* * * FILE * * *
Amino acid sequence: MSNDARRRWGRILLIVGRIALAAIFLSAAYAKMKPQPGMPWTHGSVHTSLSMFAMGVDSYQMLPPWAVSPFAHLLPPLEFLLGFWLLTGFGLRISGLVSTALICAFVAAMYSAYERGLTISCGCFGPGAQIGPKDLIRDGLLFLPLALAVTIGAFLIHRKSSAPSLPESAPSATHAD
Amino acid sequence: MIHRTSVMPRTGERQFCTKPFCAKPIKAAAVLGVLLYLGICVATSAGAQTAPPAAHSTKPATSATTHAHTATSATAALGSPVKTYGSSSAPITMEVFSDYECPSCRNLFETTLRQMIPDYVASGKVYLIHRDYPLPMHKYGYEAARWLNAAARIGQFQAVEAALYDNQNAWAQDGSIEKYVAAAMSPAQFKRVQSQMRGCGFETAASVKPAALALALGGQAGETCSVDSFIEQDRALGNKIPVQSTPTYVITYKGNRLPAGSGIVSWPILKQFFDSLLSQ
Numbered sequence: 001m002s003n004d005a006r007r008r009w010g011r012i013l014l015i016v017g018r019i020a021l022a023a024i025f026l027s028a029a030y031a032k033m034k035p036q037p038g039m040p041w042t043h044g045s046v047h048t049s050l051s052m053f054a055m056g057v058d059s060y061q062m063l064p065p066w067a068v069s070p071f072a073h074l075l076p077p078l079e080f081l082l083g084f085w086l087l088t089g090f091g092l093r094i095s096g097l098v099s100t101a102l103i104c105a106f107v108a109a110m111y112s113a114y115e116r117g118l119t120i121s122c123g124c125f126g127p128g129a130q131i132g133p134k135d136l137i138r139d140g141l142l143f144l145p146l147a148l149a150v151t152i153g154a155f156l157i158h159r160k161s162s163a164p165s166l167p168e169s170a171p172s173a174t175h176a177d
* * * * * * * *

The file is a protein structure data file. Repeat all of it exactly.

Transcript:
Amino acid sequence: MSNDARRRWGRILLIVGRIALAAIFLSAAYAKMKPQPGMPWTHGSVHTSLSMFAMGVDSYQMLPPWAVSPFAHLLPPLEFLLGFWLLTGFGLRISGLVSTALICAFVAAMYSAYERGLTISCGCFGPGAQIGPKDLIRDGLLFLPLALAVTIGAFLIHRKSSAPSLPESAPSATHAD
Amino acid sequence: MIHRTSVMPRTGERQFCTKPFCAKPIKAAAVLGVLLYLGICVATSAGAQTAPPAAHSTKPATSATTHAHTATSATAALGSPVKTYGSSSAPITMEVFSDYECPSCRNLFETTLRQMIPDYVASGKVYLIHRDYPLPMHKYGYEAARWLNAAARIGQFQAVEAALYDNQNAWAQDGSIEKYVAAAMSPAQFKRVQSQMRGCGFETAASVKPAALALALGGQAGETCSVDSFIEQDRALGNKIPVQSTPTYVITYKGNRLPAGSGIVSWPILKQFFDSLLSQ
Numbered sequence: 001m002s003n004d005a006r007r008r009w010g011r012i013l014l015i016v017g018r019i020a021l022a023a024i025f026l027s028a029a030y031a032k033m034k035p036q037p038g039m040p041w042t043h044g045s046v047h048t049s050l051s052m053f054a055m056g057v058d059s060y061q062m063l064p065p066w067a068v069s070p071f072a073h074l075l076p077p078l079e080f081l082l083g084f085w086l087l088t089g090f091g092l093r094i095s096g097l098v099s100t101a102l103i104c105a106f107v108a109a110m111y112s113a114y115e116r117g118l119t120i121s122c123g124c125f126g127p128g129a130q131i132g133p134k135d136l137i138r139d140g141l142l143f144l145p146l147a148l149a150v151t152i153g154a155f156l157i158h159r160k161s162s163a164p165s166l167p168e169s170a171p172s173a174t175h176a177d